On Thursday, national average pump prices broke the record set just one day earlier. But even before retail gas prices broke all-time highs, drivers across the country were ready to veer into all sorts of fuel and money-saving tactics.
Nearly two-thirds of drivers (59%) said they would change their driving habits if gas prices passed the $4 mark and three-quarters said they would do it if gas touched $5, according to a AAA survey released Thursday. Those habits include less driving, combined trips and more carpooling.
Eight in ten people considering changes said they would drive less. Survey participants under age 35 were more also likely to consider carpooling. People above that age were also more likely to say they’d combine errands in trips and cut back on trips to dine and shop.
Researchers conducted the 1,051-person survey from Feb. 18 to Feb. 22, when gas prices looked like a relative deal compared to now. As MarketWatch reported Thursday, Americans are already taking immediate steps to reduce their mileage, given the spike in gas prices.
On Thursday — with Putin’s military operations now an increasingly violent invasion offering few signs of an immediate halt — AAA said the national average was $4.31.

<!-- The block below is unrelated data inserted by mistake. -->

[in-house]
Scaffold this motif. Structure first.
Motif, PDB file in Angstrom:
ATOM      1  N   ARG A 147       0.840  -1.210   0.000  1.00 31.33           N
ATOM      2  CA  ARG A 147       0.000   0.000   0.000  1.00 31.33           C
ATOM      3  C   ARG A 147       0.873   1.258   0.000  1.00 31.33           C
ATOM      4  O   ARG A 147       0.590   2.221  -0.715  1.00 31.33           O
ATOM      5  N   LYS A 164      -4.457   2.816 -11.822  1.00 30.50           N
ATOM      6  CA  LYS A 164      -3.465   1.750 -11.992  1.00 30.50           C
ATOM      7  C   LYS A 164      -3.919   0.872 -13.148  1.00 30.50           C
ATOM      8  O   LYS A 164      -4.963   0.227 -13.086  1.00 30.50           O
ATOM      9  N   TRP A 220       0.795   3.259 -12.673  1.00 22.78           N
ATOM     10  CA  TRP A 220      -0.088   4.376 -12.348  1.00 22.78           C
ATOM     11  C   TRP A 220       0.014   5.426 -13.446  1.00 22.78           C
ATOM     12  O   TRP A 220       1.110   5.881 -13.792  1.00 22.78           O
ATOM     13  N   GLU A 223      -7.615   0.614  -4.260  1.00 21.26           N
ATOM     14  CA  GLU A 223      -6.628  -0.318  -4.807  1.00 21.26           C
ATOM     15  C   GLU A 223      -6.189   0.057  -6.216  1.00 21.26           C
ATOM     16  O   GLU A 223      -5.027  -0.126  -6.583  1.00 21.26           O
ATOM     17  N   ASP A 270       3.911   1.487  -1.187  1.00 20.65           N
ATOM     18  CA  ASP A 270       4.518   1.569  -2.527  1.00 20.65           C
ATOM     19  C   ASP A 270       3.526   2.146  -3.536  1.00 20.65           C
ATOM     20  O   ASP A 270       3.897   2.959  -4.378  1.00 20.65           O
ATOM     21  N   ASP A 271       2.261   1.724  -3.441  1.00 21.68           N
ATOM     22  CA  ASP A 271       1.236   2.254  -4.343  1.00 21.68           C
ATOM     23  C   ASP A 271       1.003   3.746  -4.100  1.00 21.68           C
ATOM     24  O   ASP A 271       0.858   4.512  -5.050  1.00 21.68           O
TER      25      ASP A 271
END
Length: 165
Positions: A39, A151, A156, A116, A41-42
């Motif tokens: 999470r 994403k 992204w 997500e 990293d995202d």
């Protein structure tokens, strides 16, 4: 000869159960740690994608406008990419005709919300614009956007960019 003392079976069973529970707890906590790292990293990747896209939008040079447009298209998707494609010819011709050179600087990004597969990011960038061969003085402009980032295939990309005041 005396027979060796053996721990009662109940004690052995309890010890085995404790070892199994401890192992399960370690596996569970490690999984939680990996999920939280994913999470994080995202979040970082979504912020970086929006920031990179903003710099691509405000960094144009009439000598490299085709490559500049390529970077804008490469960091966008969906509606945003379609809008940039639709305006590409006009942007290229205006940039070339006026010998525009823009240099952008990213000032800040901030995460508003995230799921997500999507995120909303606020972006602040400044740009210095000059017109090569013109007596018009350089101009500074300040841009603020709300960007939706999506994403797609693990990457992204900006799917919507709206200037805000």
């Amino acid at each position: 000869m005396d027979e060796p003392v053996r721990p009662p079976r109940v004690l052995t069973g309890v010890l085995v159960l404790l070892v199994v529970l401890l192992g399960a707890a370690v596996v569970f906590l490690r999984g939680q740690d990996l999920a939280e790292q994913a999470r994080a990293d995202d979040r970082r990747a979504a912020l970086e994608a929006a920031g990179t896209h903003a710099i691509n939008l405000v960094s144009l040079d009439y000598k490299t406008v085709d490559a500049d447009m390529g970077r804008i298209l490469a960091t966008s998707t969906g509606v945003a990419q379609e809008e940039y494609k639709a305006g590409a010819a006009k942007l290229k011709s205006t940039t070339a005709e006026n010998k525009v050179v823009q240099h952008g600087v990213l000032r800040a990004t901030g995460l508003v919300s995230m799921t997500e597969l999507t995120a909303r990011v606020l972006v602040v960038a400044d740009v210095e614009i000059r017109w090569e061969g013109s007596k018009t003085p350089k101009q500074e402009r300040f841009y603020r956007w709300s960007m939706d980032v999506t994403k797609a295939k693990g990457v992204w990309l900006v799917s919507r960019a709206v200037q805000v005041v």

That broke the record set one day before at $4.25. Tuesday’s $4.17 average initially broke the record, which was previously $4.11 on July 17, 2008, not adjusted for inflation.
“The $4.11 spent in July 2008 equals $5.30 spent last month, according to inflation adjustments from the Bureau of Labor Statistics.”
The $4.11 spent in July 2008 equals $5.30 spent last month, according to inflation adjustments from the Bureau of Labor Statistics. As of Thursday, California residents were paying a $5.69 average for a gallon of gas, AAA numbers show.
Speaking of inflation, the survey comes the same day that new inflation data showed the cost of living climbing 0.8% from January to February. Compared to a year ago, costs are up 7.9%, the Consumer Price Index data showed.
Gasoline prices popped 6.6% month-over-month and 38% year-over-year, according to the data.
The latest Consumer Price Index numbers don’t even fully capture the price impact from the Russia-Ukraine turmoil; in America, upcoming inflation rates of 8% and 9% are possible, some economists say.
The AAA survey suggests it could be a pricey summer, when gas prices traditionally increase even without global conflicts upsetting the world’s crude-oil markets. Half of the poll participants said they had summer plans, and 42% said they wouldn’t change them, no matter the price of gas.
Russia’s invasion of Ukraine is causing some people to re-think their European getaways this spring, according to Hopper, the travel booking app. Since Russian troops crossed the border, searches for roundtrips between the U.S. and Europe fell 9% below expected levels, Hopper data showed.